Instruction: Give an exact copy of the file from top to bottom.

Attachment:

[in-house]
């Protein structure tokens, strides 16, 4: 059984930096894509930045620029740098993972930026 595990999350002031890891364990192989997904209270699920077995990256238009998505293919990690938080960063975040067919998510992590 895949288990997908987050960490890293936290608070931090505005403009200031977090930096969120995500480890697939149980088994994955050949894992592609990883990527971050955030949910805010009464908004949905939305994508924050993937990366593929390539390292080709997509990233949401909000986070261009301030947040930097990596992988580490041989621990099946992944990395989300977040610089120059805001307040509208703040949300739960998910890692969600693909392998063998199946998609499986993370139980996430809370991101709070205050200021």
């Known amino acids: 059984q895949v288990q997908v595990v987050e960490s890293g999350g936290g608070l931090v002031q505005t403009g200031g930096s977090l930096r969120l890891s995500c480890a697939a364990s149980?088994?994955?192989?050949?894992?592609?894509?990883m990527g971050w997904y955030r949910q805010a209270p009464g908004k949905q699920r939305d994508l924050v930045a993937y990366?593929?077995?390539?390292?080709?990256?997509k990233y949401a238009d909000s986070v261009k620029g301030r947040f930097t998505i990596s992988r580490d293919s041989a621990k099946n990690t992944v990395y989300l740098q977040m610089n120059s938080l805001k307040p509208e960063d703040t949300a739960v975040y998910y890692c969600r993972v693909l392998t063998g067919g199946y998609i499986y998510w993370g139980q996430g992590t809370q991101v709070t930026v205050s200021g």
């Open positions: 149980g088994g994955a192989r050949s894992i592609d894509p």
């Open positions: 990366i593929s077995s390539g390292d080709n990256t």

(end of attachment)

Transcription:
[in-house]
């Protein structure tokens, strides 16, 4: 059984930096894509930045620029740098993972930026 595990999350002031890891364990192989997904209270699920077995990256238009998505293919990690938080960063975040067919998510992590 895949288990997908987050960490890293936290608070931090505005403009200031977090930096969120995500480890697939149980088994994955050949894992592609990883990527971050955030949910805010009464908004949905939305994508924050993937990366593929390539390292080709997509990233949401909000986070261009301030947040930097990596992988580490041989621990099946992944990395989300977040610089120059805001307040509208703040949300739960998910890692969600693909392998063998199946998609499986993370139980996430809370991101709070205050200021």
């Known amino acids: 059984q895949v288990q997908v595990v987050e960490s890293g999350g936290g608070l931090v002031q505005t403009g200031g930096s977090l930096r969120l890891s995500c480890a697939a364990s149980?088994?994955?192989?050949?894992?592609?894509?990883m990527g971050w997904y955030r949910q805010a209270p009464g908004k949905q699920r939305d994508l924050v930045a993937y990366?593929?077995?390539?390292?080709?990256?997509k990233y949401a238009d909000s986070v261009k620029g301030r947040f930097t998505i990596s992988r580490d293919s041989a621990k099946n990690t992944v990395y989300l740098q977040m610089n120059s938080l805001k307040p509208e960063d703040t949300a739960v975040y998910y890692c969600r993972v693909l392998t063998g067919g199946y998609i499986y998510w993370g139980q996430g992590t809370q991101v709070t930026v205050s200021g």
């Open positions: 149980g088994g994955a192989r050949s894992i592609d894509p």
């Open positions: 990366i593929s077995s390539g390292d080709n990256t």